Finance is assessed to have lacking provisions concerning the appropriate resourcing (see page 7 of this briefing), the Federal
Planning Bureau - which carries out the independent forecasts - is assessed in the Commission publication Independent Fiscal
institutions in the EU Member States: The early years” to have one of the largest budgets of independent bodies in the EU.
5
  Also the July 2017 Commission publication Independent Fiscal institutions in the EU Member States: The early years identified that
independent have uneven access to information; the most problematic areas being statistics on the non-central sub-sectors,
information on and costing of planned new measures, and EU fiscal surveillance issues (the latter concerning both national and EU
institutions).

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Sources used for the country-specific screening
The country specific screening of the role played by national fiscal councils presented in this document (see
annex overleaf) is based on the information provided by the Member States themselves in their 2018 SCP
and 2019 DBP (only for Euro Area Member States) and on the Commission assessments of these
programmes. In addition, it is based on Fiscal Compact country assessments of 2017, as foreseen by Art. 8(1)
of the TSCG. The Fiscal compact country assessments contain country specific information on resources and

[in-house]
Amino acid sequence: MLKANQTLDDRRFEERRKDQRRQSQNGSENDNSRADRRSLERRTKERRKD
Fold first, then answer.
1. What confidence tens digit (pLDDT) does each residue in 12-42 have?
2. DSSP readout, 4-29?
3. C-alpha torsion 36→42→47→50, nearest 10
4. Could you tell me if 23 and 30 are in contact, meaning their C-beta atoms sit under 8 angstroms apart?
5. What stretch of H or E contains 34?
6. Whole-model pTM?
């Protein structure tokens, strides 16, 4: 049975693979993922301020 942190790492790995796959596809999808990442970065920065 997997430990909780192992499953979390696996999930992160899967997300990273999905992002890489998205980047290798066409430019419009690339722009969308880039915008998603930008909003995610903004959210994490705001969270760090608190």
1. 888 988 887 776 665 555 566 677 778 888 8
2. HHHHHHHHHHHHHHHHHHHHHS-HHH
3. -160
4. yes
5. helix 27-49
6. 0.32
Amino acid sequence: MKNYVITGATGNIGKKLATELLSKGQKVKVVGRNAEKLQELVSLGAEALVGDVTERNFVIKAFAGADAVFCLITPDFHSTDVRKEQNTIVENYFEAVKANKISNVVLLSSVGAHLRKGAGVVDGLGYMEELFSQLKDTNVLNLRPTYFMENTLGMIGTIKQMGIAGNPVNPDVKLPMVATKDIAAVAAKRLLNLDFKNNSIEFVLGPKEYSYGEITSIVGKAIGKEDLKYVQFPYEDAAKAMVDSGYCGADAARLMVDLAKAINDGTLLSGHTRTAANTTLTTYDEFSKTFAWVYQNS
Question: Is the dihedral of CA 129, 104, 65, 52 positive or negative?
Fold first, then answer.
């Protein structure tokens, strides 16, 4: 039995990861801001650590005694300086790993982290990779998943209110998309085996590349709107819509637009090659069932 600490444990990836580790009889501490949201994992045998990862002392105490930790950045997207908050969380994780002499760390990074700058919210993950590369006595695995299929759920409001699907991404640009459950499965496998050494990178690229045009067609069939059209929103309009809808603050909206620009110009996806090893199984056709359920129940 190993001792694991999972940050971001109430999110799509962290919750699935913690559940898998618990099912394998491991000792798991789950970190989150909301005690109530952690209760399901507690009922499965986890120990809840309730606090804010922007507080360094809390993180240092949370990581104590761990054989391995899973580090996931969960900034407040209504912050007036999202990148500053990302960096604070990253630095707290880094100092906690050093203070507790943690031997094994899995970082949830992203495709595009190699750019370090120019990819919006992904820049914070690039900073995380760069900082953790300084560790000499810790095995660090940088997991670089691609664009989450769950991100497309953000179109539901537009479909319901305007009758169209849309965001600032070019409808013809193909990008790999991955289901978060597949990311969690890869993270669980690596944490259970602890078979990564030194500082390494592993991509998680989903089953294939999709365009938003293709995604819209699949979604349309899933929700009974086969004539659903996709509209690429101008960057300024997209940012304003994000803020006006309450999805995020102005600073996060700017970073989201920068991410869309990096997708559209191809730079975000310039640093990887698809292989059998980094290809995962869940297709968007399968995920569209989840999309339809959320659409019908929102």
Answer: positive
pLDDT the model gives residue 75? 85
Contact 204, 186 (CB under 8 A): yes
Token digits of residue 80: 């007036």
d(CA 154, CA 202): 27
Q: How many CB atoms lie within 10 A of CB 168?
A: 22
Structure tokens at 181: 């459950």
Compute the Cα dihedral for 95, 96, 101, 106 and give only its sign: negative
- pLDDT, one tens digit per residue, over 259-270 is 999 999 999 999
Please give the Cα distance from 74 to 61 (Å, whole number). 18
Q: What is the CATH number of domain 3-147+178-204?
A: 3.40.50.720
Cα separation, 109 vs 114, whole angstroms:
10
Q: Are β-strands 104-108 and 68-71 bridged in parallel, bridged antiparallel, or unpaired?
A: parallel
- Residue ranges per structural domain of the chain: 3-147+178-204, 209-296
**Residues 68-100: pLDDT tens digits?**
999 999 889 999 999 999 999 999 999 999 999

access to information by each independent fiscal body (such as concrete information on its allocated
budget and the size and skills of its staff), which indicates its capacity to properly discharge its specific tasks,
while the Commission assessments of the SCP/DBP contain recent information, notably on the
preparation/endorsement of the latest SCP and DBP.

In those cases where the SCP and DBP do not provide information on whether the macro-economic forecasts
have been approved or endorsed by independent bodies (euro area Member States) or compared with the
most updated forecasts from the Commission or independent fiscal bodies (non-euro area Member States),
the screening in this document is supplemented by any information available on websites of the respective
independent bodies.

However, it is worth noting that the below screening of available information do not as such provide
substantial information on the actual effectiveness of a given independet fiscal body.

Other sources on independent fiscal bodies include:

•   A screening of the SCP and DBP of the years 2016 and 2017 as presented in a EGOV briefing of April
    2018;

•   European Commission paper (July 2017) on “Independent Fiscal institutions in the EU Member States:
    The early years” (László Jankovics and Monika Sherwood, Discussion paper 067)” which looks more into
    the various aspects of the roles and functions of the independent bodies;

•   The 2018 annual report of the European Fiscal Board which analysed more in-depth the role
    independent fiscal bodies played in selected Member States in 2017.

•   Publications of the EU network of independent fiscal bodies (see e.g. the following publications of
    January 2019: “Network Statement on the Need to Reinforce and Protect EU independent fiscal bodies” and
    “Good times are not used to build fiscal buffers”).